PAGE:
Yet in June, the Supreme Court upheld Oklahoma's drug protocol, ruling it did not violate the Constitution. It was a contentious 5-to-4 decision, with the same four justices who would've given Warner a reprieve losing the battle. Sotomayor wrote the principal dissent denouncing Oklahoma's practices, but it was Justice Stephen Breyer who made headlines when he said it is "highly likely" the death penalty, as practiced in the United States, is now unconstitutional.

The conservative majority was unimpressed. Noting the five-month investigation into Lockett's disastrous execution and the state's new protocol that emerged from it, Justice Samuel Alito observed Oklahoma now had in place "procedural safeguards to help ensure that an inmate remains insensate to any pain." He added that Warner was executed in keeping with "these revised procedures." 

We now know that was hardly the case. Worse, the Supreme Court innocently took Oklahoma at its word about the last drug it would use to stop Warner's heart.

"In January of this year, Oklahoma executed Warner using these revised procedures and the combination of midazolam, a paralytic agent, and potassium chloride," Alito said.

As we learned Thursday, that also was not the case.

With all this new information, it's unclear how the court might rule if Oklahoma's troubled lethal-injection scheme reaches it again. But there's something to be said about Sotomayor's warning in January about death penalty states' "increasing reliance on new and scientifically untested methods of execution," which now raise the specter that Warner's execution may, in fact, have violated the Eighth Amendment.

In a statement Thursday, Charles Ogletree, a Harvard law professor and a prominent death penalty opponent, called on the Department of Justice to investigate Oklahoma's use of the unapproved drug and to look into "whether any civil or even criminal liability should attach to the homicide of Charles Warner."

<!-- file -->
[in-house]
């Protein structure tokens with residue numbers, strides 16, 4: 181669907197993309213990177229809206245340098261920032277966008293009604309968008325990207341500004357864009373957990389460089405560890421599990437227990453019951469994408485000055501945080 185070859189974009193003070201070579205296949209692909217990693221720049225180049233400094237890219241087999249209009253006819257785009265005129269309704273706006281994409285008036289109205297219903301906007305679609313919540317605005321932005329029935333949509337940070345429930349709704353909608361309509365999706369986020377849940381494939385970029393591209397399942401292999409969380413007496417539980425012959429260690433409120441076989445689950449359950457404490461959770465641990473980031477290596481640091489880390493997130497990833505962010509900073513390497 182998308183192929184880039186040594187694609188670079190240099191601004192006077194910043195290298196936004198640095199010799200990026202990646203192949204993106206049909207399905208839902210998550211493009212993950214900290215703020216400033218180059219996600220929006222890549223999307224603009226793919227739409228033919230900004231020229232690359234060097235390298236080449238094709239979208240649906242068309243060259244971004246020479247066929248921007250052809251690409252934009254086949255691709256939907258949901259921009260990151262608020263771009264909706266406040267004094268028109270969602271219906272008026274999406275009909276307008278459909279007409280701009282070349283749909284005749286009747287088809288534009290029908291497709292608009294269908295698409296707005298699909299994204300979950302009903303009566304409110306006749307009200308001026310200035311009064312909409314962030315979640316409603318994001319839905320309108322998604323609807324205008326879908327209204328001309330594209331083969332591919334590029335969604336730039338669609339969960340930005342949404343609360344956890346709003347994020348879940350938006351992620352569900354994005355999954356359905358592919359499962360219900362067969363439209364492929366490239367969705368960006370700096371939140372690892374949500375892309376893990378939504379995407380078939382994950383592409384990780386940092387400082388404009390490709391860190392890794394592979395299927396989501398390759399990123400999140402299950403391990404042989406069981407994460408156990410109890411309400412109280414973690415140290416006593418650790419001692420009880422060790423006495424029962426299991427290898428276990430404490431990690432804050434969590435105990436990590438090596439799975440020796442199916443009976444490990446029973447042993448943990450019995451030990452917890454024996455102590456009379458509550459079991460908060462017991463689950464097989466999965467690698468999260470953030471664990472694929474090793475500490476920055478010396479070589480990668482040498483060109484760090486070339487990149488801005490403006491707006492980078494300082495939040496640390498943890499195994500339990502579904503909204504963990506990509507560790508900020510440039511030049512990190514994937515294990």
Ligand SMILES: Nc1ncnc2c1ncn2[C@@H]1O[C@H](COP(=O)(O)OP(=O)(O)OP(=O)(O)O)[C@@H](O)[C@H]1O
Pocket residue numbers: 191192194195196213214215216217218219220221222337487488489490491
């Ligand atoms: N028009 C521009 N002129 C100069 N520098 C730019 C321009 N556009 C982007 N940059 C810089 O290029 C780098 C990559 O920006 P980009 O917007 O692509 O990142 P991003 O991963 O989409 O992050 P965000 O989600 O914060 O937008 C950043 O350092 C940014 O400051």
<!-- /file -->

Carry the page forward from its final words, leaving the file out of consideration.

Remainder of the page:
For the lawyers attacking Oklahoma's execution drug protocols, the recent developments seem to have lit a new fire.

Dale Baich, a federal public defender representing Glossip and other death row inmates, told The Huffington Post it's "too early to tell" if a new Supreme Court showdown will result from the new revelations, but he said the fight continues in federal district court.

"We fully expect to go to trial," Baich said. 

As for the justices themselves, Glossip continues to be on their minds. During a hearing on Wednesday in an unrelated capital case from Kansas, Justice Antonin Scalia still didn't seem to be over the June decision, let alone his colleague's newfound opposition to the death penalty.

"Kansans, unlike our Justice Breyer, do not think the death penalty is unconstitutional and indeed very much favor it," Scalia said.

Perhaps. But if the recent failures and botched executions in Oklahoma -- and the death penalty chaoselsewhere -- mean anything, maybe the rest of the country and even a majority of the justices will soon be ready to turn a page.

Until then, there's one thing we may never know: Why there wasn't a fifth vote at the Supreme Court that would have allowed Warner to make his case.